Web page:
Between scheduling appointments with relevant stakeholders such as local officials and NGOs, independently collecting, processing, and presenting information to my colleagues across the Atlantic, and traveling around a 120 KM region to complete these daily tasks, my internship became quite a handful. To top all of this off, the mission of collecting my thesis data closely hovered over my head. The pressure subsided when two little words called “Time Management” came to the rescue and brought the lesson of a lifetime, well sort of.
Before my internship, I was sure that I had mastered the fine art of time management. I arrived to Haiti armed with a travel-friendly planner, a box of pens, and a brain full of tasks. At the time it seemed simple enough, write down the tasks on the appropriate day and fulfill! Fine skill accomplished. Honestly, in my mind I was a pro with experiences from Undergraduate and Graduate school. My craft was years in the making from prioritizing to planning ahead. I was ready to flex my organizing muscle, Haitian style, when my supervisors informed me how independence is crucial to my success during the internship. During the interview, my main supervisor gleamed about me leisurely planning my days, simply coordinating with the technical agency on the ground, and traveling through the lovely beaches and mountains of my homeland. Daydreams of my extended vacation to a tropical island with a splash of work here and there filled my mind as the days to my internship began.
About two months into my internship, I crashed and burn. Piles and piles of reports, un-sieved documents, meetings to coordinate, buses to catch, and new partners to collaborate with from Haiti and elsewhere all collided at once. I was weeks behind on reporting, processing waste audit data, and wrapping up on an old law and policy report. I had hit rock bottom with feelings of helplessness, as I drowned in a pool on ill logistics and confusion. Then my supervisor shared some wise words of experience about what it really means to do
field work months at a time. She explained that being in the field is like constantly being on stage preforming for your host family, your colleagues, and even citizens in the region. Managing these interactions served as my lifejacket and became an integral part of my time management skill training. My supervisor suggested that I split myself in two, almost as if I had a “little me” monitoring my emotions and ability to accomplish a given tasks.Therefore, I am essentially measuring when I am most efficient and trying to re-create that environment for myself as often as possible. This would allow me to separate managing relationships from managing my work.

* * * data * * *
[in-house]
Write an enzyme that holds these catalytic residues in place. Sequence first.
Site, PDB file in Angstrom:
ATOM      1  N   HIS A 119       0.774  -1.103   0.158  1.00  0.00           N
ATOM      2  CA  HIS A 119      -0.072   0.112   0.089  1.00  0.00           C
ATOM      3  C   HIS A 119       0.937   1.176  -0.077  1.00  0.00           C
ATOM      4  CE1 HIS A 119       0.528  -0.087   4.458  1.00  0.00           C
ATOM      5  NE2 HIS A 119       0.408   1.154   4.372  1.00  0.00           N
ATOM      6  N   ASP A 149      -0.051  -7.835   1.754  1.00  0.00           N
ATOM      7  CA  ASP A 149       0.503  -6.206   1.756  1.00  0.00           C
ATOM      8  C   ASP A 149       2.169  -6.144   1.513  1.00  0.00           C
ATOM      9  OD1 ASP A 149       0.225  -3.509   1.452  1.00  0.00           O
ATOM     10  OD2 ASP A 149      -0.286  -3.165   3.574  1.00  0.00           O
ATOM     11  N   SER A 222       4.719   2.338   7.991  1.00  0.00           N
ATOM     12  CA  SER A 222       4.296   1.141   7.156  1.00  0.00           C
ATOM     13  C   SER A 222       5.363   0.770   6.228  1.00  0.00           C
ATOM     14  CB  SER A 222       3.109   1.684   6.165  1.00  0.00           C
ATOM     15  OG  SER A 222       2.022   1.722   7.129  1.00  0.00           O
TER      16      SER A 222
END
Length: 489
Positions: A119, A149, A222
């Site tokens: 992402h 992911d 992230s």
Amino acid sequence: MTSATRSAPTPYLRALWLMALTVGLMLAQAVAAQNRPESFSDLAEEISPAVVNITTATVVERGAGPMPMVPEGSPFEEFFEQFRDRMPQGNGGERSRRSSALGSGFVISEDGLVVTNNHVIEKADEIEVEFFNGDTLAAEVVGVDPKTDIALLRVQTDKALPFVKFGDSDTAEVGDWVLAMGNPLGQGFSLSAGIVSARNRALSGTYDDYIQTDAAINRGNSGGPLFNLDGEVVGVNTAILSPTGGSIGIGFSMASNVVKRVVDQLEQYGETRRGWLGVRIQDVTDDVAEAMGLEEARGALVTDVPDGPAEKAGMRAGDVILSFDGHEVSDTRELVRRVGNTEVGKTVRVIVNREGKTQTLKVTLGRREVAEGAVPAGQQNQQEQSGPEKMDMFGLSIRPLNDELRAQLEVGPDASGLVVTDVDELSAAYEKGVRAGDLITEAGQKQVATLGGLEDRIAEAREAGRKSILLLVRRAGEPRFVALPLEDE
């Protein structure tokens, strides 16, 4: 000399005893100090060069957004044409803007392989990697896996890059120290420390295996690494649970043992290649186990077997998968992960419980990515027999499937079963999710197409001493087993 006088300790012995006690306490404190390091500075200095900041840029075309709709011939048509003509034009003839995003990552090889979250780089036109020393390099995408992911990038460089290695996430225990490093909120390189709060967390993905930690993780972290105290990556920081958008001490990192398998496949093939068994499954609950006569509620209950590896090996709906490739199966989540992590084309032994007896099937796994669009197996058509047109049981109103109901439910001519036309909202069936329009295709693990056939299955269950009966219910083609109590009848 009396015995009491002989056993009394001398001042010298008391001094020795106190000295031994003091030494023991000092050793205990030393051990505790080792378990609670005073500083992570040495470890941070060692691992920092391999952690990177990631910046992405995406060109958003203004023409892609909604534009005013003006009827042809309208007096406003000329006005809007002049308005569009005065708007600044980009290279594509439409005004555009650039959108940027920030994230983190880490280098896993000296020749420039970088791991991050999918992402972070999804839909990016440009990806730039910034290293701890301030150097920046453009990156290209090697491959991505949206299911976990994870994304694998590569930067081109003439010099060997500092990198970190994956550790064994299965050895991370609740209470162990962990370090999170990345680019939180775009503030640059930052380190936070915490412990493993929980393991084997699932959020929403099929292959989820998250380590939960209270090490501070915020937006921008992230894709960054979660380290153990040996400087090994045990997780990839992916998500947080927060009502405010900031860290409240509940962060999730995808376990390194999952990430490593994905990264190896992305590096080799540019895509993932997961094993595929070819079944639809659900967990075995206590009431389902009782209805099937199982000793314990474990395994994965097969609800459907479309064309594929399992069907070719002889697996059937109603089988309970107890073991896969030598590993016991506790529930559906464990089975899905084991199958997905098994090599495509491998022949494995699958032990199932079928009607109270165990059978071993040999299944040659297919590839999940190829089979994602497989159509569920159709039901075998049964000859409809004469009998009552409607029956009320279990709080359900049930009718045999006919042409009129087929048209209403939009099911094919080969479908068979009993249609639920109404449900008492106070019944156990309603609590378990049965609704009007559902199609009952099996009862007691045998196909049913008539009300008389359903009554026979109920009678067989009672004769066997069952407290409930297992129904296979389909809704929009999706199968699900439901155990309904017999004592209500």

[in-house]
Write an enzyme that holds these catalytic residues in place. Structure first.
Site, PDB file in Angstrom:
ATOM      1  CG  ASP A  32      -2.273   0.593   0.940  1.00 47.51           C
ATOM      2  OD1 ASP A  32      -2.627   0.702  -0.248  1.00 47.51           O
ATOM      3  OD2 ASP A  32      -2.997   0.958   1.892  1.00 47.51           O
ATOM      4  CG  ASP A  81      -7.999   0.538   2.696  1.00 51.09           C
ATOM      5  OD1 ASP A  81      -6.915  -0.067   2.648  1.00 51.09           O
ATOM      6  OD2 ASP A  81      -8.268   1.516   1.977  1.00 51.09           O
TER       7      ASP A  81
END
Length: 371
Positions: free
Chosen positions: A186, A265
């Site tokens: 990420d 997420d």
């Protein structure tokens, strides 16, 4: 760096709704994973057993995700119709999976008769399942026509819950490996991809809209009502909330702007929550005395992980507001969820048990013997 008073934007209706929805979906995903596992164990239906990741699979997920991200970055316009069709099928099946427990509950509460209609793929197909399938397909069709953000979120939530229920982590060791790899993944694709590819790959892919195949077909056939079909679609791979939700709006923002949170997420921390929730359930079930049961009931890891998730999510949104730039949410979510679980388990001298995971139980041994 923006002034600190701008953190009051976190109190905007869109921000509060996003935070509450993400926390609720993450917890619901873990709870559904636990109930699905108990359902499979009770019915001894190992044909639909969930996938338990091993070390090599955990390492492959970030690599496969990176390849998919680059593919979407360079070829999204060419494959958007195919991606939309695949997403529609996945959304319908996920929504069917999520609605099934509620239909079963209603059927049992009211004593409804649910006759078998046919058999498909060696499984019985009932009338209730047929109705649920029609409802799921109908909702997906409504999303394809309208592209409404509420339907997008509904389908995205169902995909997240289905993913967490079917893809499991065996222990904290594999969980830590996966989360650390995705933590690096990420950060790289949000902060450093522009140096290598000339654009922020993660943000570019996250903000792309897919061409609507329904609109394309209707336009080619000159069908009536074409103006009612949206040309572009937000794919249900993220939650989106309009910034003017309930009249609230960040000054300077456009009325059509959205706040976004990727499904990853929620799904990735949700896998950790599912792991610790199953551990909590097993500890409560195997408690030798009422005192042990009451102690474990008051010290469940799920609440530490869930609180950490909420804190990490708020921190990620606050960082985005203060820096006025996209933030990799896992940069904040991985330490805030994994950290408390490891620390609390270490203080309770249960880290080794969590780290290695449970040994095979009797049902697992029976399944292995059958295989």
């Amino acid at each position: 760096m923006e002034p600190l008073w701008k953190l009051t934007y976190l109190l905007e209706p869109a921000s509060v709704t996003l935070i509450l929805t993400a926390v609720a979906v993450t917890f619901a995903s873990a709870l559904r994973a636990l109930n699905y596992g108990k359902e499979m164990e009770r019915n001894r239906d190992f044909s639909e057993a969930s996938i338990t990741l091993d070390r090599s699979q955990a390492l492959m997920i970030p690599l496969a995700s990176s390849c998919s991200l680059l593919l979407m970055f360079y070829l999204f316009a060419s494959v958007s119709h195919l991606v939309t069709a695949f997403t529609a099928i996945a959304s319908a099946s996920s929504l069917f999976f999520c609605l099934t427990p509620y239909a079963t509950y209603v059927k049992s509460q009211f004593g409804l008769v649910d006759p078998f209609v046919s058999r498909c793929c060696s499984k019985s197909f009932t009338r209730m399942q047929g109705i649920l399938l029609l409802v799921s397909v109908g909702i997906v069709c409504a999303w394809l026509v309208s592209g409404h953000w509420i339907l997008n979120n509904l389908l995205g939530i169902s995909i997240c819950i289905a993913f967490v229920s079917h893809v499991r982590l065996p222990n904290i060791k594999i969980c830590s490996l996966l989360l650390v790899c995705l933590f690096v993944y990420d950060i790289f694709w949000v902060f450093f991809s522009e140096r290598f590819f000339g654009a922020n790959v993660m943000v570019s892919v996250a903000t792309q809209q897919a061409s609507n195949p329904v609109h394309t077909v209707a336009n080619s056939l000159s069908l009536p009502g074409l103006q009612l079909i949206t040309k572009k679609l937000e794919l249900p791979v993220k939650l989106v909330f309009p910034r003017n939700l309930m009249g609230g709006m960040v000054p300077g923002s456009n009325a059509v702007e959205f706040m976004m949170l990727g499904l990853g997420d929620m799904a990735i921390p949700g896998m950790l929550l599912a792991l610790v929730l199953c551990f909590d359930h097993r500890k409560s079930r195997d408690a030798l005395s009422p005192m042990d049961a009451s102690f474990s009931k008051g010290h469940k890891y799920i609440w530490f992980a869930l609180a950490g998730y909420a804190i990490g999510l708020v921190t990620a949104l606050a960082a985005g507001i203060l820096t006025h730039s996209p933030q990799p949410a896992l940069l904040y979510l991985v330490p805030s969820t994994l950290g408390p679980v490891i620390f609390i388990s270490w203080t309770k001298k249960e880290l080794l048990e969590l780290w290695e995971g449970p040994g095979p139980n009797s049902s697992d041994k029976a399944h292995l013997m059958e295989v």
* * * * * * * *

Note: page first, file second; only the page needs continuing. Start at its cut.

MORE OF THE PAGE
From then on, I became more aware of what had to be done, what was most important, and how to cultivate key personal and professional relationships to make my life easier. The next months I put my “little me” to work, while continuing to use my trusty planner. For example, I learned how to build a relationship with the secretary at the agency so she could facilitate any administrative documents I needed. I also penciled in informal yet constructive talks with colleagues and citizens for my thesis and the project. Finally, I always remembered how to prioritize my assignments, mix and match appropriately, as well as recognize when I can physically and emotionally work efficiently. Most importantly, I realized that “time management” was more then a fancy planner and some pens. Little details such as sitting at a desk to building a bond between the secretary and myself made a world of a difference for me.